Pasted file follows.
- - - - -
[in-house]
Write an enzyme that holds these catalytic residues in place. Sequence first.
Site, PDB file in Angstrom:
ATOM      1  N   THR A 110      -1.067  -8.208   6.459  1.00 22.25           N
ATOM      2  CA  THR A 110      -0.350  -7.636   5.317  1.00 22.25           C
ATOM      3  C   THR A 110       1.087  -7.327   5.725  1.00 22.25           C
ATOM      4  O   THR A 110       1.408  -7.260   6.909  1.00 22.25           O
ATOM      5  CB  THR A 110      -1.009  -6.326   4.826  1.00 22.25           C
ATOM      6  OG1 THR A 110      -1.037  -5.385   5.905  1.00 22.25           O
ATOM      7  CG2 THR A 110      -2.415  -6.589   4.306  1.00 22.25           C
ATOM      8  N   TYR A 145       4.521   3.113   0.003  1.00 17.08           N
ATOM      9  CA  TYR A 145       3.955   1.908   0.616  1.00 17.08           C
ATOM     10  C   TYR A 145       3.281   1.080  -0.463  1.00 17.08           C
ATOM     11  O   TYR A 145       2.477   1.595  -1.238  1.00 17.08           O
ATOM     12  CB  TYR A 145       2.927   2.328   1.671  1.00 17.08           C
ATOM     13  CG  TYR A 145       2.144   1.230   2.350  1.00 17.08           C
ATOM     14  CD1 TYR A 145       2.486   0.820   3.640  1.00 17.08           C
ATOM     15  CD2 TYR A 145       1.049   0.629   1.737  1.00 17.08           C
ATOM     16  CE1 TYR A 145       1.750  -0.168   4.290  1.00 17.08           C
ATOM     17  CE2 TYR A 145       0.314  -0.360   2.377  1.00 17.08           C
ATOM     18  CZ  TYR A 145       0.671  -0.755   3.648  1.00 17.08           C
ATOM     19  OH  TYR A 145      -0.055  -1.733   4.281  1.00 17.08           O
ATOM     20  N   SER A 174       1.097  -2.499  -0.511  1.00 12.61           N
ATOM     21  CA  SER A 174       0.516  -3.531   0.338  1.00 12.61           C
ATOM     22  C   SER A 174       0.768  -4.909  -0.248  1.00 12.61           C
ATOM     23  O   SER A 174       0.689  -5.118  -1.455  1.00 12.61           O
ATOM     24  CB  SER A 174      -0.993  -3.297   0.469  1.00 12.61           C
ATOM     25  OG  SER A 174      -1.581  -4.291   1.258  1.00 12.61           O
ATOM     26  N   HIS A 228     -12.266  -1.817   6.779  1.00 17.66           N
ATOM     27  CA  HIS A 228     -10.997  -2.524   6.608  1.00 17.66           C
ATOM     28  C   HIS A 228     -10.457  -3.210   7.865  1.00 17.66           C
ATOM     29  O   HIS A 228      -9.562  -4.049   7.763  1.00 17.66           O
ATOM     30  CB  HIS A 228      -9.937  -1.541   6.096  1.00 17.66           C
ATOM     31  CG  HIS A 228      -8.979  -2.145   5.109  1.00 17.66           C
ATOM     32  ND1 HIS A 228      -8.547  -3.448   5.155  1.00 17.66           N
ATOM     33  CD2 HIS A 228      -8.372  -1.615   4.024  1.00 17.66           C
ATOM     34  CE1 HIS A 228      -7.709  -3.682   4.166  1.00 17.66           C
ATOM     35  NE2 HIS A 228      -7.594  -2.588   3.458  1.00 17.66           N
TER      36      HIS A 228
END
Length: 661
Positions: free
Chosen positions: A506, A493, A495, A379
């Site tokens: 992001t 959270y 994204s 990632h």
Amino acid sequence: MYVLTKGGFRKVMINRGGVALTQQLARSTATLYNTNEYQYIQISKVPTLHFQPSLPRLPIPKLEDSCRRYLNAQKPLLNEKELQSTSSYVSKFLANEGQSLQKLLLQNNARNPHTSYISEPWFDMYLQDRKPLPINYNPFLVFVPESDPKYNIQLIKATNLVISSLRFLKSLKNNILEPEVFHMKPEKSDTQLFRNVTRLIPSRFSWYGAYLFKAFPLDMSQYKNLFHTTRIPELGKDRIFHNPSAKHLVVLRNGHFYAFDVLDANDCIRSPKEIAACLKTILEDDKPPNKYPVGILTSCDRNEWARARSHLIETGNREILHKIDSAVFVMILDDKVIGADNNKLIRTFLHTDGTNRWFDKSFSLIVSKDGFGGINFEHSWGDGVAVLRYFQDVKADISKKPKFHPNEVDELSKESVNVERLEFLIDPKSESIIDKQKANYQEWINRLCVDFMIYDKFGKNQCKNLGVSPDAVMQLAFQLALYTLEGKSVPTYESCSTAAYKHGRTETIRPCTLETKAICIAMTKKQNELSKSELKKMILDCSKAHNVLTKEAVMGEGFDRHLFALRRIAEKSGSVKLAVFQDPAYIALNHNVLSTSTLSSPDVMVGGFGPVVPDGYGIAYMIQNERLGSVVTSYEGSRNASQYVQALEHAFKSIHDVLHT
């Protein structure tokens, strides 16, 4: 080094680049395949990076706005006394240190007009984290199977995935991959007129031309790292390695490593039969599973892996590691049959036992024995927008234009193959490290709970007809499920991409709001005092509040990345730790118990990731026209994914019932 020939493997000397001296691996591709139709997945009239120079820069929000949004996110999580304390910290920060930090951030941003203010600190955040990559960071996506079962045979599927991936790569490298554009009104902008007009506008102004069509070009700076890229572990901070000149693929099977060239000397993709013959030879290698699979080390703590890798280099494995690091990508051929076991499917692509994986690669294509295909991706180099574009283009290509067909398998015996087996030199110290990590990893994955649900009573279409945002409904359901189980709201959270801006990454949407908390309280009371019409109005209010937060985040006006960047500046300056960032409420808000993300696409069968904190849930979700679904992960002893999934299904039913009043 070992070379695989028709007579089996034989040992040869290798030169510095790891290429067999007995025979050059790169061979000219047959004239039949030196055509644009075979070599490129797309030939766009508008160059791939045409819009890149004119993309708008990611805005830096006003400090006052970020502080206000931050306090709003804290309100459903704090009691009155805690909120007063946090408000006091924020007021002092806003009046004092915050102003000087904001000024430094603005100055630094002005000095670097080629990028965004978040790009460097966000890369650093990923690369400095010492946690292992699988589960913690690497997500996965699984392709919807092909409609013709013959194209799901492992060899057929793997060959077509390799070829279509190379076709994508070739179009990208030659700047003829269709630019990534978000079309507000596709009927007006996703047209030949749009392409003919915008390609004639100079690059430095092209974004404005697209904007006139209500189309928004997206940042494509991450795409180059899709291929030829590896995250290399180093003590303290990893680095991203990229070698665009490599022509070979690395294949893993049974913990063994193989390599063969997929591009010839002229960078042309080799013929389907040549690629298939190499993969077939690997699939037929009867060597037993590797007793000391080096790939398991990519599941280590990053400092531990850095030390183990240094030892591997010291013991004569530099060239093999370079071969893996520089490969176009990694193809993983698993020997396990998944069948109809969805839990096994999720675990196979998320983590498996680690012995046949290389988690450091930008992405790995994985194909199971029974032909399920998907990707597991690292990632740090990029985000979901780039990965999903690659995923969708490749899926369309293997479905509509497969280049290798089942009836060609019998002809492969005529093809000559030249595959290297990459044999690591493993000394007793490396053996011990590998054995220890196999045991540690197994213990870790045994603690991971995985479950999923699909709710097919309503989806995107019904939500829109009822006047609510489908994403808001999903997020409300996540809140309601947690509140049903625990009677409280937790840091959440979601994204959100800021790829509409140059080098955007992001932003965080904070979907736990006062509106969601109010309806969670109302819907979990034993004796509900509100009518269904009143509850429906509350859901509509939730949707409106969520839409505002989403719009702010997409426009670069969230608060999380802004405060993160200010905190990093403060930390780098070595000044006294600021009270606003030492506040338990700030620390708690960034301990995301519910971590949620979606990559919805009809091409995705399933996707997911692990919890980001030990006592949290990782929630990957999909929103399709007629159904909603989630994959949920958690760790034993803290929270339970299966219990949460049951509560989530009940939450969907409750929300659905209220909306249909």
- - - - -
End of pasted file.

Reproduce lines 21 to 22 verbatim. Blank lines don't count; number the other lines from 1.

ATOM     18  CZ  TYR A 145       0.671  -0.755   3.648  1.00 17.08           C
ATOM     19  OH  TYR A 145      -0.055  -1.733   4.281  1.00 17.08           O